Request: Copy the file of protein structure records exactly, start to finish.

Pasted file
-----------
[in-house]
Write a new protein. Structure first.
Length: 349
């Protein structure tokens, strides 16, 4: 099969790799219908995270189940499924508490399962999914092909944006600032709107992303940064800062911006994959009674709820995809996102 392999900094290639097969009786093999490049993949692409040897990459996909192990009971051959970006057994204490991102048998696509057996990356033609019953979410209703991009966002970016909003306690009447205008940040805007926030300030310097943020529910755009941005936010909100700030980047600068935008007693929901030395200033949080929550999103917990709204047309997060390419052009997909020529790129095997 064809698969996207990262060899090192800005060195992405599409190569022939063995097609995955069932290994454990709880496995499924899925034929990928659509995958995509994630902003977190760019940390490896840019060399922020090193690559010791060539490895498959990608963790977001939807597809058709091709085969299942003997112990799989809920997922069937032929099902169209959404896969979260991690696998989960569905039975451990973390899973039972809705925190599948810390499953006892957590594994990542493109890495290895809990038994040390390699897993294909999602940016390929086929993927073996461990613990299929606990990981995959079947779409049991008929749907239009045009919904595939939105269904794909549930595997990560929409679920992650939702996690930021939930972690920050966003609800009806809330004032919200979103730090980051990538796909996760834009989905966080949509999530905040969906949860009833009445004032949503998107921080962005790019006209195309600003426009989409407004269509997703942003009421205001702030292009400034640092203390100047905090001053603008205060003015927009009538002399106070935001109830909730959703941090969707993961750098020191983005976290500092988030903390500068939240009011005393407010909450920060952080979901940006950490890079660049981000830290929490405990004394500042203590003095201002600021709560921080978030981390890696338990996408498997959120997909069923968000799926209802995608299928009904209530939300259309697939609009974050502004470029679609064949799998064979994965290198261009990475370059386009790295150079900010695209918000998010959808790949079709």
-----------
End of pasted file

[in-house]
Write a new protein. Structure first.
Length: 349
């Protein structure tokens, strides 16, 4: 099969790799219908995270189940499924508490399962999914092909944006600032709107992303940064800062911006994959009674709820995809996102 392999900094290639097969009786093999490049993949692409040897990459996909192990009971051959970006057994204490991102048998696509057996990356033609019953979410209703991009966002970016909003306690009447205008940040805007926030300030310097943020529910755009941005936010909100700030980047600068935008007693929901030395200033949080929550999103917990709204047309997060390419052009997909020529790129095997 064809698969996207990262060899090192800005060195992405599409190569022939063995097609995955069932290994454990709880496995499924899925034929990928659509995958995509994630902003977190760019940390490896840019060399922020090193690559010791060539490895498959990608963790977001939807597809058709091709085969299942003997112990799989809920997922069937032929099902169209959404896969979260991690696998989960569905039975451990973390899973039972809705925190599948810390499953006892957590594994990542493109890495290895809990038994040390390699897993294909999602940016390929086929993927073996461990613990299929606990990981995959079947779409049991008929749907239009045009919904595939939105269904794909549930595997990560929409679920992650939702996690930021939930972690920050966003609800009806809330004032919200979103730090980051990538796909996760834009989905966080949509999530905040969906949860009833009445004032949503998107921080962005790019006209195309600003426009989409407004269509997703942003009421205001702030292009400034640092203390100047905090001053603008205060003015927009009538002399106070935001109830909730959703941090969707993961750098020191983005976290500092988030903390500068939240009011005393407010909450920060952080979901940006950490890079660049981000830290929490405990004394500042203590003095201002600021709560921080978030981390890696338990996408498997959120997909069923968000799926209802995608299928009904209530939300259309697939609009974050502004470029679609064949799998064979994965290198261009990475370059386009790295150079900010695209918000998010959808790949079709």